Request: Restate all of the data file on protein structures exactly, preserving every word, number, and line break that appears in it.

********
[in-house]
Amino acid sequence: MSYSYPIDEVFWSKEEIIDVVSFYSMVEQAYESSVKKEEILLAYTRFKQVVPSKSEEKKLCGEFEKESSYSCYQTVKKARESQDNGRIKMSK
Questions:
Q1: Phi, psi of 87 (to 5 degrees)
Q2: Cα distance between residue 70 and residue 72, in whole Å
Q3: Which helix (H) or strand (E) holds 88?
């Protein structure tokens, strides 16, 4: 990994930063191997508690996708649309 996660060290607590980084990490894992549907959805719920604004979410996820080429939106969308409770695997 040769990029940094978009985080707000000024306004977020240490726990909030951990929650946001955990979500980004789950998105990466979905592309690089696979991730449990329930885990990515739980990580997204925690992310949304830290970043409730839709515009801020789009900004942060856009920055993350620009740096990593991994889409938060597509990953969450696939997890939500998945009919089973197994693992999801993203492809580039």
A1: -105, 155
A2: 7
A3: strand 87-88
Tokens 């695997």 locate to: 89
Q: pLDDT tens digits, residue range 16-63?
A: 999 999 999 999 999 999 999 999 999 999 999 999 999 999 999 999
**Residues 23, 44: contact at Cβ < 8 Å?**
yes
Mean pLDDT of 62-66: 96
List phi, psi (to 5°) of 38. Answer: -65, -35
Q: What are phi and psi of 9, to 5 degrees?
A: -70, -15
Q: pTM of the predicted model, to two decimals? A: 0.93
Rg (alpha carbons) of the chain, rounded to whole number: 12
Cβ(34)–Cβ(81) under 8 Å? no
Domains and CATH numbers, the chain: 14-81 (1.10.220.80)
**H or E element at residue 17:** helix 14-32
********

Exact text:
[in-house]
Amino acid sequence: MSYSYPIDEVFWSKEEIIDVVSFYSMVEQAYESSVKKEEILLAYTRFKQVVPSKSEEKKLCGEFEKESSYSCYQTVKKARESQDNGRIKMSK
Questions:
Q1: Phi, psi of 87 (to 5 degrees)
Q2: Cα distance between residue 70 and residue 72, in whole Å
Q3: Which helix (H) or strand (E) holds 88?
């Protein structure tokens, strides 16, 4: 990994930063191997508690996708649309 996660060290607590980084990490894992549907959805719920604004979410996820080429939106969308409770695997 040769990029940094978009985080707000000024306004977020240490726990909030951990929650946001955990979500980004789950998105990466979905592309690089696979991730449990329930885990990515739980990580997204925690992310949304830290970043409730839709515009801020789009900004942060856009920055993350620009740096990593991994889409938060597509990953969450696939997890939500998945009919089973197994693992999801993203492809580039």
A1: -105, 155
A2: 7
A3: strand 87-88
Tokens 């695997």 locate to: 89
Q: pLDDT tens digits, residue range 16-63?
A: 999 999 999 999 999 999 999 999 999 999 999 999 999 999 999 999
**Residues 23, 44: contact at Cβ < 8 Å?**
yes
Mean pLDDT of 62-66: 96
List phi, psi (to 5°) of 38. Answer: -65, -35
Q: What are phi and psi of 9, to 5 degrees?
A: -70, -15
Q: pTM of the predicted model, to two decimals? A: 0.93
Rg (alpha carbons) of the chain, rounded to whole number: 12
Cβ(34)–Cβ(81) under 8 Å? no
Domains and CATH numbers, the chain: 14-81 (1.10.220.80)
**H or E element at residue 17:** helix 14-32